Consult the user guide
For assistance, please contact us
Consult the user guide
For assistance, please contact us
Add search criteria
Results: 1921 - 1935 of 1935
View James Bezan Profile
Mr. Chair, we know that 190 troops have been deployed, helping with medical and security screening. We know that there are upwards of 6,000 to 7,000 refugees that could potentially be housed on bases across Canada, predominantly in Ontario and Quebec. There are costs to having refugees on these bases. Is this going to come out of operational budgets, and will this distract from the training, readiness, and capabilities of the Canadian Armed Forces on base?
View James Bezan Profile
Mr. Chair, we already know they are making accommodations for up to 6,000 to 7,000 refugees on base. There were orders to leave quarters given to members of the Canadian Armed Forces, many of them cadets in training. These are people who are trying to advance their careers, who are actually trying to move up the rank system. There has been disruption to those career paths for those professionals in the Canadian Armed Forces.
More importantly, we know that there have been tenders. I do not know if they followed Treasury Board guidelines or not, but there have been contracts issued to allow the winterization of cadet barracks. These are summer barracks that are used in places like CFB Borden and down in Trenton. Therefore, we need to know where those dollars are coming from. It is my understanding that they are coming out of the operational budgets of each individual base. These monies are very scarce and well used for the overall operational activities of the Canadian Armed Forces. Why does the government not have those dollars in these estimates?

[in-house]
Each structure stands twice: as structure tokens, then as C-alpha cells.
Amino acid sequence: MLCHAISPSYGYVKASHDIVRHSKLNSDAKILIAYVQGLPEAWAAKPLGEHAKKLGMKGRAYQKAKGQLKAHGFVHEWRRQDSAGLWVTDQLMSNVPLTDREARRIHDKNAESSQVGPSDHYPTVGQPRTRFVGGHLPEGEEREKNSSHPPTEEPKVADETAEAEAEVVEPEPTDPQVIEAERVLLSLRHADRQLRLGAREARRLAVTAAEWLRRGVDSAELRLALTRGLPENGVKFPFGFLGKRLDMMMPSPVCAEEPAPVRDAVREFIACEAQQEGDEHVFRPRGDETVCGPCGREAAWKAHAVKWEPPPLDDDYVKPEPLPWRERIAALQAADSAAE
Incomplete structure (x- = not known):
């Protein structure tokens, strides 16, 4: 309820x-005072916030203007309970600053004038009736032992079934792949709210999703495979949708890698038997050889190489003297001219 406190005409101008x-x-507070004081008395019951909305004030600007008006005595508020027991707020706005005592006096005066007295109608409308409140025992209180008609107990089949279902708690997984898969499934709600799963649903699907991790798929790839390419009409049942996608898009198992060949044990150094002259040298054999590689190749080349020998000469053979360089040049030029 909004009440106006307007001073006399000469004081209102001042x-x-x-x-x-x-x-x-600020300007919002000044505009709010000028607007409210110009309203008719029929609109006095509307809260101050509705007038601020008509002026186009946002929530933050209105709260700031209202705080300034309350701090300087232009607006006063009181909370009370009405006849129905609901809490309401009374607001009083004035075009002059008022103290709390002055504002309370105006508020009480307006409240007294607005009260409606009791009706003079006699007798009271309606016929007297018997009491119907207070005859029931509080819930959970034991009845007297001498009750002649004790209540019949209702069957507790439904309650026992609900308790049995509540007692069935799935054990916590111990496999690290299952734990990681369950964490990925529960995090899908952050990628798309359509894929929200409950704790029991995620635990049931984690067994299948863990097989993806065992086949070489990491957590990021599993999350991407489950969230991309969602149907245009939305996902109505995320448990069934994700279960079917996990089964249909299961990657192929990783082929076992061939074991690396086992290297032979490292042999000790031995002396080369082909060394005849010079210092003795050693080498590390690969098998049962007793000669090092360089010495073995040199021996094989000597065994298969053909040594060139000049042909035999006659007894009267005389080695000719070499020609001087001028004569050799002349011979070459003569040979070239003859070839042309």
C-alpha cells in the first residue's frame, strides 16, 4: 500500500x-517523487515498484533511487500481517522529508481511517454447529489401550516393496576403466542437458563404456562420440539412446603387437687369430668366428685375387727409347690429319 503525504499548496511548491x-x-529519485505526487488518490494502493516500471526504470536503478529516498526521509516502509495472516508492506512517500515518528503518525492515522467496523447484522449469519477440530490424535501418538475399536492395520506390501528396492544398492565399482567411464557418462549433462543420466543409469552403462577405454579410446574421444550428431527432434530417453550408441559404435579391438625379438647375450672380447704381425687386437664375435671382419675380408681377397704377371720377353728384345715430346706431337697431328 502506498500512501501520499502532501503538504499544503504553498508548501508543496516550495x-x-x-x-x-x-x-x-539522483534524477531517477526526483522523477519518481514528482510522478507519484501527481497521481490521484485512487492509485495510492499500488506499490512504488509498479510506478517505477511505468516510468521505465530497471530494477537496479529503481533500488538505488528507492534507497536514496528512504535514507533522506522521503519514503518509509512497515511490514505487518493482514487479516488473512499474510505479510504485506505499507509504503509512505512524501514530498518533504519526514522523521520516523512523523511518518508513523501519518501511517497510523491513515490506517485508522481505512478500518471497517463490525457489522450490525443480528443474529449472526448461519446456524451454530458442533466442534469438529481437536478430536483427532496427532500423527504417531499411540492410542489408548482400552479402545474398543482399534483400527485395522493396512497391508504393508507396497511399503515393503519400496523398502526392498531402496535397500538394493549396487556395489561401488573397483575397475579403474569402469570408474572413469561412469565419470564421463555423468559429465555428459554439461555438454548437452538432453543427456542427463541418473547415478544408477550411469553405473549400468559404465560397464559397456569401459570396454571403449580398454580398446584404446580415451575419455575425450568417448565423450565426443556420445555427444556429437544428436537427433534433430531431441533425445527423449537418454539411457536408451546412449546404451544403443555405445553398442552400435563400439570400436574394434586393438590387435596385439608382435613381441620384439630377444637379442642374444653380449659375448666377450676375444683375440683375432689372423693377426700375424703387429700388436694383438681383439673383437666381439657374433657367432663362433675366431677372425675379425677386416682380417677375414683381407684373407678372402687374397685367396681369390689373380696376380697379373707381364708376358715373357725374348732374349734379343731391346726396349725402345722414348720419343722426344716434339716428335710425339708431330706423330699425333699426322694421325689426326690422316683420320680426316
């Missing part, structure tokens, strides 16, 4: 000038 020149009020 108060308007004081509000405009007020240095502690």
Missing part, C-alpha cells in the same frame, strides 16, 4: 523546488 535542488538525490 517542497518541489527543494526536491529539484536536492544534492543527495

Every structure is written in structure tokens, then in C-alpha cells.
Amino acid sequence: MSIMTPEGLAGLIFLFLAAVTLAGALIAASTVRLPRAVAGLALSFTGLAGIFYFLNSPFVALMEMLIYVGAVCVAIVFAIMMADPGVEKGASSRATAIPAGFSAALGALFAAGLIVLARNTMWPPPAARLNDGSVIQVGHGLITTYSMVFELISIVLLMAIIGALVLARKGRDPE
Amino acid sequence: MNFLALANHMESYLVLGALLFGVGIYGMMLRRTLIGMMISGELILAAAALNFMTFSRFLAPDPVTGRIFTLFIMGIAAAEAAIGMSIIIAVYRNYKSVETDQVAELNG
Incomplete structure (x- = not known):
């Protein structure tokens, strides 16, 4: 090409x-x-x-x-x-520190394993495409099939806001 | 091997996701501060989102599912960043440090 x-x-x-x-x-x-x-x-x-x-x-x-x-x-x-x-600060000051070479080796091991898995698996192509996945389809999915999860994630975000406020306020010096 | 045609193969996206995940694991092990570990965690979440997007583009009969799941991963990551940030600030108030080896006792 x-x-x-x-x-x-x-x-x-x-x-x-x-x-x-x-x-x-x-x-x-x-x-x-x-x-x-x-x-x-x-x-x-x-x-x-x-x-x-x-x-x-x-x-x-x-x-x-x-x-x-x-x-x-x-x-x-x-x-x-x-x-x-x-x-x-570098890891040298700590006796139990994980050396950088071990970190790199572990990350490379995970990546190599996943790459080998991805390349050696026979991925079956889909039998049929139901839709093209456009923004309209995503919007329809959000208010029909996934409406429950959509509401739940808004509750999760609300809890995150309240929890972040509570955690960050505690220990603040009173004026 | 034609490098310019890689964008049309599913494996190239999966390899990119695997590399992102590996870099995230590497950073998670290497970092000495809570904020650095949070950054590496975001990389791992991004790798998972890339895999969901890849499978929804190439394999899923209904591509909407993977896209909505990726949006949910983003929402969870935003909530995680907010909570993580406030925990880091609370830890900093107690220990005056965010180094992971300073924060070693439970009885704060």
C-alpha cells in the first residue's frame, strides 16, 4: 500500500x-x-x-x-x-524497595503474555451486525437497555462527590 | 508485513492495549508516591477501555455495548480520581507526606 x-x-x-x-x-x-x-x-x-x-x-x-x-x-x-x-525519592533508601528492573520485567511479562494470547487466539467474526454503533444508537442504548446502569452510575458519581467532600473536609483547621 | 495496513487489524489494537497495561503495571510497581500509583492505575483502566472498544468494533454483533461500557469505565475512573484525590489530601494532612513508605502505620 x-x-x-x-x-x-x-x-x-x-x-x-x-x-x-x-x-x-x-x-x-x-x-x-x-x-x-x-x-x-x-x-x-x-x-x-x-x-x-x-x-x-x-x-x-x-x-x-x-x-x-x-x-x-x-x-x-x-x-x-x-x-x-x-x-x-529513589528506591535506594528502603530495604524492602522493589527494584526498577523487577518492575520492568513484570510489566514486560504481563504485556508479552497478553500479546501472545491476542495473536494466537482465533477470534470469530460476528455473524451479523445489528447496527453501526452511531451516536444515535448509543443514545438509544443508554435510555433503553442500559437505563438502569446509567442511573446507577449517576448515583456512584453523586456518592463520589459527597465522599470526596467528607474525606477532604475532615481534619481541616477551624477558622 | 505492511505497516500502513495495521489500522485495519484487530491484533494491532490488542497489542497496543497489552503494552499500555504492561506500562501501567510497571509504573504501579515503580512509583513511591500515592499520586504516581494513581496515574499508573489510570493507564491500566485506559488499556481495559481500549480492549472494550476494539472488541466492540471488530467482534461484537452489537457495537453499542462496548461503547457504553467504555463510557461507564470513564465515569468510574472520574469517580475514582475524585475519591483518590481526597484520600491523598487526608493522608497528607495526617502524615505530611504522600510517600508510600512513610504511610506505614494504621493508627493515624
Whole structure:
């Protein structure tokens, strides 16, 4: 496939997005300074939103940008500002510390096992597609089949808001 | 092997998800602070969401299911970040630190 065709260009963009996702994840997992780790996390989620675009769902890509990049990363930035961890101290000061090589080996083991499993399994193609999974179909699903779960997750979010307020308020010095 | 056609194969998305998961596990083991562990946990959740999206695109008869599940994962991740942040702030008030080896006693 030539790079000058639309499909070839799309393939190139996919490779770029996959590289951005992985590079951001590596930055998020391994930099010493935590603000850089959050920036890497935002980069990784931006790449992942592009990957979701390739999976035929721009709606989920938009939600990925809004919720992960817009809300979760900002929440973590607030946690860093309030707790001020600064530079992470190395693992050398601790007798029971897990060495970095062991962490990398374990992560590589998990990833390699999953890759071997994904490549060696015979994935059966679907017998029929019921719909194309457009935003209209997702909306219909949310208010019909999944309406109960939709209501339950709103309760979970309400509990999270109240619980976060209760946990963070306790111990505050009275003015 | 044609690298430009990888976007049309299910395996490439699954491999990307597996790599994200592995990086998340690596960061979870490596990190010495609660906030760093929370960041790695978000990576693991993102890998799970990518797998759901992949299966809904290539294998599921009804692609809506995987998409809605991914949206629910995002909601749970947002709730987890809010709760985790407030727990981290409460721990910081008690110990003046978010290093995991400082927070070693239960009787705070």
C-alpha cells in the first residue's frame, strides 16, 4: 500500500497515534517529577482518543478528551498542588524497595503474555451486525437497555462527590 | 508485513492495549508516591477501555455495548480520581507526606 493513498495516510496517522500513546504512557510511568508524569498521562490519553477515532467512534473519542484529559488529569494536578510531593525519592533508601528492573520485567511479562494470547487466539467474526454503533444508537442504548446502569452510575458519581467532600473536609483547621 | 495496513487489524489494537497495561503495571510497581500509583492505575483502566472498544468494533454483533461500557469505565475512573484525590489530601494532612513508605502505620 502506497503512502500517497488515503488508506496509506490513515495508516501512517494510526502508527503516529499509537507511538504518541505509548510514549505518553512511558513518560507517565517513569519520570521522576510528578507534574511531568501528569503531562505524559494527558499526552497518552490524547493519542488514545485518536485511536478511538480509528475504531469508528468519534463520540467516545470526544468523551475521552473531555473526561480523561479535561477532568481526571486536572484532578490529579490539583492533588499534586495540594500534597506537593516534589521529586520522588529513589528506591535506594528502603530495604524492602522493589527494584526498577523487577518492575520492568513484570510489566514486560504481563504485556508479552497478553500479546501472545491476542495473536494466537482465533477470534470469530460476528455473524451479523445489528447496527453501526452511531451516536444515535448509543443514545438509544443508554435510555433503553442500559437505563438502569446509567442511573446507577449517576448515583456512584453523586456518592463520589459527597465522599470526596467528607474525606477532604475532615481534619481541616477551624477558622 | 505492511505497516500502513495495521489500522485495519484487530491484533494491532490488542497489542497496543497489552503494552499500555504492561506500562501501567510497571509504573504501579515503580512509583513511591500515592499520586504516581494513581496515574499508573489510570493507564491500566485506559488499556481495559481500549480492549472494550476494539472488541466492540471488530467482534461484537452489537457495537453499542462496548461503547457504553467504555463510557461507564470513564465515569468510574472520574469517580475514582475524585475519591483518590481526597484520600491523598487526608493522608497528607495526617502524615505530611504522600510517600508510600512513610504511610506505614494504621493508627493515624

View James Bezan Profile
Mr. Chair, we know there were orders given to all bases to be ready. Orders were handed out, and in some bases upwards of 400 people were forced to leave quarters. Now the member is saying that they may not be able to use all that space, that it might not be needed at all, according to the Minister of Immigration.
Again, is there a plan? What exactly is going on here? Did it change?
View James Bezan Profile
Mr. Chair, I guess there are changes we are dealing with. When we look back to during the election, the Liberals were talking about 25,000 by December 31. Here we are in the first part of December and we still have not seen the plane loads arrive.
How many Syrian refugees arrived between November 4 and today? How many more are expected from here on in? Is that why the plan has changed? How is that impacting the readiness of the Canadian Armed Forces bases?
View James Bezan Profile
Mr. Chair, the question is how many of those applications and those refugees who are arriving right now were actually processed before October 19? Also, let us ensure we do this right so we do not need to use any of the CF bases unless it absolutely is a last resort.
View James Bezan Profile
Mr. Chair, I would like to ask the minister to commit to using Canadian Forces bases for housing only as a last resort when there is no option available in communities. We all know about the security needs, and the needs of our own troops.
When refugees are being housed on base, who is paying for their lodging, transportation, food, and accommodation? Where will they be getting their medical attention? Will it be from CF base doctors? I am including those suffering from PTSD.
View Robert Sopuck Profile
Mr. Speaker, I will be splitting my time with the illustrious member for Langley—Aldergrove.
I am pleased to rise in the House today to speak to the Liberal government's first Speech from the Throne. This is my first time rising in this new Parliament as the member for the newly configured riding of Dauphin—Swan River—Neepawa. I am also the official opposition critic for wildlife conservation and Parks Canada.
First, I would like to thank the voters of Dauphin—Swan River—Neepawa for placing their trust in me yet again, and to take a moment to congratulate my fellow members of Parliament, both new and re-elected, on their victories in the last federal election.
As the official opposition, Canadians expect us to hold the government to account and ensure that we present an alternative vision to the Liberals' agenda. That is why much of what I heard in Friday's throne speech concerned me greatly.
First, there was no mention about how to create a climate for investment and economic growth. I expected this, since the Liberals and their fellow travellers on the left, the NDP, focus on spending as much money as they can while never advancing or promoting policies that will actually create wealth.